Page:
Together starts off with several instant classics, as chunky strings take over where keyboards may have roamed before on ground-shakers like "Moves" and "Crash Years."  Deep, staccato cello lines and Kurt Dahle's tom-toms add fist-thumping accents to an ongoing, head-bobbing rhythm of perfectly strummed acoustic guitars.  The songs boast the typically lush layers of Newman’s songwriting as well as quirky tidbits like melodic whistles. 

While these two opening tracks are referentially postmodern in their allusion to other songs – "Crash Years" borrowing a melody from George Harrison’s "You" and "Moves" being partly about Chicago’s illustrious "25 or 6 to 4" – the songs also capture both the simple pain of chasing a lover as well as the complex fear that suffuses modern man in the face of economic instability.  In fact, I take more from the latter insights than the song references, although perhaps that's because they are my own, and not gleaned from sources like Rick Moody’s heady biography of the band on Matador’s website.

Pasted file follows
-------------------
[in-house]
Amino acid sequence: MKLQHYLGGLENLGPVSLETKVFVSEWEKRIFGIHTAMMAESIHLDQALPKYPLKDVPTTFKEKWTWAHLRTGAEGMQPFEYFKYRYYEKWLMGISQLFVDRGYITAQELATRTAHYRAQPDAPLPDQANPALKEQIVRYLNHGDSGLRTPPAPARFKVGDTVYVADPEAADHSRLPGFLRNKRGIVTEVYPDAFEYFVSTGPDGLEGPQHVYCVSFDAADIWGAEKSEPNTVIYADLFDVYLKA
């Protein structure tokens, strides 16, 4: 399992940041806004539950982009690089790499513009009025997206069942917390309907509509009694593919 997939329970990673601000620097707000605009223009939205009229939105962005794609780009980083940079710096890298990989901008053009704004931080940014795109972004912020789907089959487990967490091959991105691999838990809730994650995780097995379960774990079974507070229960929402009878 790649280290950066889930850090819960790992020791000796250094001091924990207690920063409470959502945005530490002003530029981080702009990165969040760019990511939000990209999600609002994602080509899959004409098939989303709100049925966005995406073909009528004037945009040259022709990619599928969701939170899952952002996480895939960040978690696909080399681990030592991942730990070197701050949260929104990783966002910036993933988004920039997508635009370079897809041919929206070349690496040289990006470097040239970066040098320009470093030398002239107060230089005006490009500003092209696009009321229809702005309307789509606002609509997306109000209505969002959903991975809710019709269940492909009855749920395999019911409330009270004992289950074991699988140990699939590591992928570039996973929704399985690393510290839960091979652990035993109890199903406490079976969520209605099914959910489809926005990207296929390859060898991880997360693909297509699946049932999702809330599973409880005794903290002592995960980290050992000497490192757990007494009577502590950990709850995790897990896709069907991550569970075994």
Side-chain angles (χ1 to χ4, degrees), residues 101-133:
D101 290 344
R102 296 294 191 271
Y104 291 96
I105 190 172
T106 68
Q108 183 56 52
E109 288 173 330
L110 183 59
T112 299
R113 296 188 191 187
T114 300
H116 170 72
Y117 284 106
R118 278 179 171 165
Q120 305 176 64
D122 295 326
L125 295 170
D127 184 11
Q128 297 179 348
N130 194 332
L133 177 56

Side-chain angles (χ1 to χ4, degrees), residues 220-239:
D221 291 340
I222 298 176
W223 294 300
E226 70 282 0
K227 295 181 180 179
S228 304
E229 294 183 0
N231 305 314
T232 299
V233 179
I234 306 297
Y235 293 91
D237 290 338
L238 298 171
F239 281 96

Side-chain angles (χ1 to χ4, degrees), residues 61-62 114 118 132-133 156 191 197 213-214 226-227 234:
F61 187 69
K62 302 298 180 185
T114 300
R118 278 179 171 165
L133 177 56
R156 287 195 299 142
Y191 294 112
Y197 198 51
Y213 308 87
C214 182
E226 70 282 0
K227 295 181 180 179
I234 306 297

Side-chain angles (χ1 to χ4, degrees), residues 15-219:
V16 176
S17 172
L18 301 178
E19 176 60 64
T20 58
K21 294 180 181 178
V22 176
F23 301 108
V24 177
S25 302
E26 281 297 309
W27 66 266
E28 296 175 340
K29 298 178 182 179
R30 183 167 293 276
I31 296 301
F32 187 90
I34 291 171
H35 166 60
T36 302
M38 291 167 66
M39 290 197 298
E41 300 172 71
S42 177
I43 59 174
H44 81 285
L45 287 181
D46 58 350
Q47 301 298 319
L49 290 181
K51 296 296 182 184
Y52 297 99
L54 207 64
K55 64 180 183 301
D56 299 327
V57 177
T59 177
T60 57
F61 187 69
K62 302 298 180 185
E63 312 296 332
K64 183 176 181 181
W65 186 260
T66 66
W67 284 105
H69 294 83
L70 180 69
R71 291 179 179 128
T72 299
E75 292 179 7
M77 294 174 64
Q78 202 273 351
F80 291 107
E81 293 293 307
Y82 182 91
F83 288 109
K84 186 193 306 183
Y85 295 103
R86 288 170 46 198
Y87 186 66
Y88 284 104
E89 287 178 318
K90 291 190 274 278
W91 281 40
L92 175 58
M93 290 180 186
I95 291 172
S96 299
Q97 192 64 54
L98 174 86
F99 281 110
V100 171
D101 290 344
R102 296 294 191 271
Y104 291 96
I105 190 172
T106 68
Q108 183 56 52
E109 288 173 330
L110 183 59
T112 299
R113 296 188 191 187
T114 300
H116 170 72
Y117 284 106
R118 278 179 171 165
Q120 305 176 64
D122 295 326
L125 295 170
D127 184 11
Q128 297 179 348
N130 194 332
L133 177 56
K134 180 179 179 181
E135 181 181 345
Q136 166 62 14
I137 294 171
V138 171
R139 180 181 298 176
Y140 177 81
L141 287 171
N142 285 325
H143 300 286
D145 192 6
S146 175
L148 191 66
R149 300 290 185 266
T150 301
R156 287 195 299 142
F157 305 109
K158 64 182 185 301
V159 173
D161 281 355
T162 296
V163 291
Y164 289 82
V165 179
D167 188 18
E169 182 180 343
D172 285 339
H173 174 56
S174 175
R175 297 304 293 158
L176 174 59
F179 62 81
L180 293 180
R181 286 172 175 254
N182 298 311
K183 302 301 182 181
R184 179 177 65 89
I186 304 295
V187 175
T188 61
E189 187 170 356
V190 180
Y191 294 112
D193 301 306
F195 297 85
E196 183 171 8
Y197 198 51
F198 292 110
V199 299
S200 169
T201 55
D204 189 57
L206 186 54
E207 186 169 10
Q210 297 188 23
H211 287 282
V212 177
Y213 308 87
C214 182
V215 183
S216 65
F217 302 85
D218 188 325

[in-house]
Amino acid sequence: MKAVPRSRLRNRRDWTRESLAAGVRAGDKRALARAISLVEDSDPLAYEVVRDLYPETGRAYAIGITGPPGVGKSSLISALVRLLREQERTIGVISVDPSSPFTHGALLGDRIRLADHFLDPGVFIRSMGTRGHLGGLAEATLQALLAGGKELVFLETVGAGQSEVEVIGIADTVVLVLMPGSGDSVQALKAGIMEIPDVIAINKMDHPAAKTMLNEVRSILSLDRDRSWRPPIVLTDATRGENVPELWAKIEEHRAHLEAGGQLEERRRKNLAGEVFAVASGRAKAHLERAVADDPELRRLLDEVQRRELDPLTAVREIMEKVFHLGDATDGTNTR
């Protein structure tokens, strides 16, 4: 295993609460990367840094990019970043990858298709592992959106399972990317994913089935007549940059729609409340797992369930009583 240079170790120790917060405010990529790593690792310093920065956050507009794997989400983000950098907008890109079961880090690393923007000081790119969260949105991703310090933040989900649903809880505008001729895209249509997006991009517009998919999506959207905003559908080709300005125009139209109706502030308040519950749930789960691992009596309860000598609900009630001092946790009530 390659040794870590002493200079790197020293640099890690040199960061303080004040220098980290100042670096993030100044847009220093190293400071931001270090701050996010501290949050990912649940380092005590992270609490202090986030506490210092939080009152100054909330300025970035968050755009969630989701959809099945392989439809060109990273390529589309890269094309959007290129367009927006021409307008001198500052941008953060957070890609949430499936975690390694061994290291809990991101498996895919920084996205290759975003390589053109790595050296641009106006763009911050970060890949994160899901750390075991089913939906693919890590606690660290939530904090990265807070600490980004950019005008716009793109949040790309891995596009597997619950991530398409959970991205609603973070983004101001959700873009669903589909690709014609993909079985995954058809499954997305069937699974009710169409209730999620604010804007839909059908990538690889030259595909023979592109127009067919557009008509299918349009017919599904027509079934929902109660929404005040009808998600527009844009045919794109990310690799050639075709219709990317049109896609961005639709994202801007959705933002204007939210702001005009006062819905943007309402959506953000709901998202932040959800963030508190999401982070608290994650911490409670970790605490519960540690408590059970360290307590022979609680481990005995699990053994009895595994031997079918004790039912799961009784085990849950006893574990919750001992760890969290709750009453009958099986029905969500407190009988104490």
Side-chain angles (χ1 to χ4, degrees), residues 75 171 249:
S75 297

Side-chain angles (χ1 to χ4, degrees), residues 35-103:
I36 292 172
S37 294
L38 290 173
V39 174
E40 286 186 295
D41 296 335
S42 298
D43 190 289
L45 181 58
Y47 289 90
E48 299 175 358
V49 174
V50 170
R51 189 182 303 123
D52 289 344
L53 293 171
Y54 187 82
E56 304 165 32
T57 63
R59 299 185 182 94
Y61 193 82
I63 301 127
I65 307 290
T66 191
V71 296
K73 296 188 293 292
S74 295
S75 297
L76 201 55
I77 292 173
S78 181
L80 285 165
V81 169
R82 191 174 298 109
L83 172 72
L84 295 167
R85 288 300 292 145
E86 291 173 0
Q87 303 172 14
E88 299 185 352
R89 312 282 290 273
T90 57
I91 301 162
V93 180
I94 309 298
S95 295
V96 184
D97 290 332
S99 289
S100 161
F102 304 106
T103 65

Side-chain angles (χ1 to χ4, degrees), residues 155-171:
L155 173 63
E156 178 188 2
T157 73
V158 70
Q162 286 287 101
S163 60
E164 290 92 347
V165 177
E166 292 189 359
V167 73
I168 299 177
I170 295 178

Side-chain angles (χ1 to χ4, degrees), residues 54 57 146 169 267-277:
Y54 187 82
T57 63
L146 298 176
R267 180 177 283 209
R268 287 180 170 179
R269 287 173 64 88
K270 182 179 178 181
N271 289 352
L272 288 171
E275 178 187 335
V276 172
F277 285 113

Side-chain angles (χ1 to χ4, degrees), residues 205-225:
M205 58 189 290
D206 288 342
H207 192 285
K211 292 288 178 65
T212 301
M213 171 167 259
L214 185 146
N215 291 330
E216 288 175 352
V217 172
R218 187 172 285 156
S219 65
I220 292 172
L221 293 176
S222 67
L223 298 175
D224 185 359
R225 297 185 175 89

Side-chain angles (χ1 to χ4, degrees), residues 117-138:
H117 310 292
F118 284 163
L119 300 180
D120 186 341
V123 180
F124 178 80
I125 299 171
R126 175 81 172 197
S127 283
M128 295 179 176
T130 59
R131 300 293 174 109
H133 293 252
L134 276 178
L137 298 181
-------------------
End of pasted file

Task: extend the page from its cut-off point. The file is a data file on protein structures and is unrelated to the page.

The album takes a bit of a turn with "Silver Jenny Dollar," penned by Bejar and thereby a bit more eccentric but still wonderfully catchy.  Two tracks later we get a full dose of Neko Case’s sweetness on her ballad "My Shepherd," which also features Kathryn Calder, who sometimes fills in live for Case but is now coming into her own as a full member of the band. 

There are some other talented guests on Together alongside the deep roster of New Pornographers, including Okkervil River's Will Sheff, St. Vincent's Annie Clark, Beirut's Zach Condon, and the horns of The Dap-Kings

While each member of The New Pornographers brings his or her own unique sensibility to the project, they nevertheless always come together in a way that is instantly recognizable.  They are a band unafraid to write shiny pop songs that are both playful and sincere.  The variety of instruments, beautifully layered arrangements, and perfect balance of tempo and restraint puts Together in the running for my favorite New Pornographers album. 

Wednesday
Apr142010

What Does Pink Floyd Mean Today?

When news broke this week that Roger Waters would be touring behind The Wall in Fall 2010, I was grateful that I’d get one more chance to finally see the work of Pink Floyd performed live.  For a band that was born of the 1960s and came to define the 1970s, to witness The Wall in its 30th Anniversary year would be something very special indeed.

Pink Floyd is one of those iconic bands that will influence people of every generation for a hundred years.  Every music-lover has that memory when they first embraced the band’s massive, progressive sound.